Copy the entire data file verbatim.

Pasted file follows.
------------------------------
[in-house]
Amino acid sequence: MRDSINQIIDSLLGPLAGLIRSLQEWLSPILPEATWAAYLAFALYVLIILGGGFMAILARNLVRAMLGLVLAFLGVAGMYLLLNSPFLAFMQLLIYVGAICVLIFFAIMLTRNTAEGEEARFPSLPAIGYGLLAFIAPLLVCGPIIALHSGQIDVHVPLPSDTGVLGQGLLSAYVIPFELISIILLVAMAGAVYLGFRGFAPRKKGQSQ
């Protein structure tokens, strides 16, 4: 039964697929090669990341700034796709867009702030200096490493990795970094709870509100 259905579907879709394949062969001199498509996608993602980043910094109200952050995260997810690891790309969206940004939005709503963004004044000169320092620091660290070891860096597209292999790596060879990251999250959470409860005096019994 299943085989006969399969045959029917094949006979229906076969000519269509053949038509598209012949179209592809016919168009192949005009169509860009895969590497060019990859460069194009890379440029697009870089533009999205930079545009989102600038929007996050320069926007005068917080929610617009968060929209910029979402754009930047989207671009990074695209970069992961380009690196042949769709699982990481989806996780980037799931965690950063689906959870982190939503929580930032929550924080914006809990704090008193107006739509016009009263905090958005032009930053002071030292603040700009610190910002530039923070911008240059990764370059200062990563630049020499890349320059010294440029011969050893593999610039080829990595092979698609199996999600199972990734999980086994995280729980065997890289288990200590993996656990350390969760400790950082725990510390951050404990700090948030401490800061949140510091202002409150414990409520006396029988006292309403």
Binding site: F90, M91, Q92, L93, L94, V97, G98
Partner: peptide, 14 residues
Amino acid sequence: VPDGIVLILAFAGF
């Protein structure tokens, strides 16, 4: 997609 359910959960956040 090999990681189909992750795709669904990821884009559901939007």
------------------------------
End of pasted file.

[in-house]
Amino acid sequence: MRDSINQIIDSLLGPLAGLIRSLQEWLSPILPEATWAAYLAFALYVLIILGGGFMAILARNLVRAMLGLVLAFLGVAGMYLLLNSPFLAFMQLLIYVGAICVLIFFAIMLTRNTAEGEEARFPSLPAIGYGLLAFIAPLLVCGPIIALHSGQIDVHVPLPSDTGVLGQGLLSAYVIPFELISIILLVAMAGAVYLGFRGFAPRKKGQSQ
């Protein structure tokens, strides 16, 4: 039964697929090669990341700034796709867009702030200096490493990795970094709870509100 259905579907879709394949062969001199498509996608993602980043910094109200952050995260997810690891790309969206940004939005709503963004004044000169320092620091660290070891860096597209292999790596060879990251999250959470409860005096019994 299943085989006969399969045959029917094949006979229906076969000519269509053949038509598209012949179209592809016919168009192949005009169509860009895969590497060019990859460069194009890379440029697009870089533009999205930079545009989102600038929007996050320069926007005068917080929610617009968060929209910029979402754009930047989207671009990074695209970069992961380009690196042949769709699982990481989806996780980037799931965690950063689906959870982190939503929580930032929550924080914006809990704090008193107006739509016009009263905090958005032009930053002071030292603040700009610190910002530039923070911008240059990764370059200062990563630049020499890349320059010294440029011969050893593999610039080829990595092979698609199996999600199972990734999980086994995280729980065997890289288990200590993996656990350390969760400790950082725990510390951050404990700090948030401490800061949140510091202002409150414990409520006396029988006292309403």
Binding site: F90, M91, Q92, L93, L94, V97, G98
Partner: peptide, 14 residues
Amino acid sequence: VPDGIVLILAFAGF
């Protein structure tokens, strides 16, 4: 997609 359910959960956040 090999990681189909992750795709669904990821884009559901939007």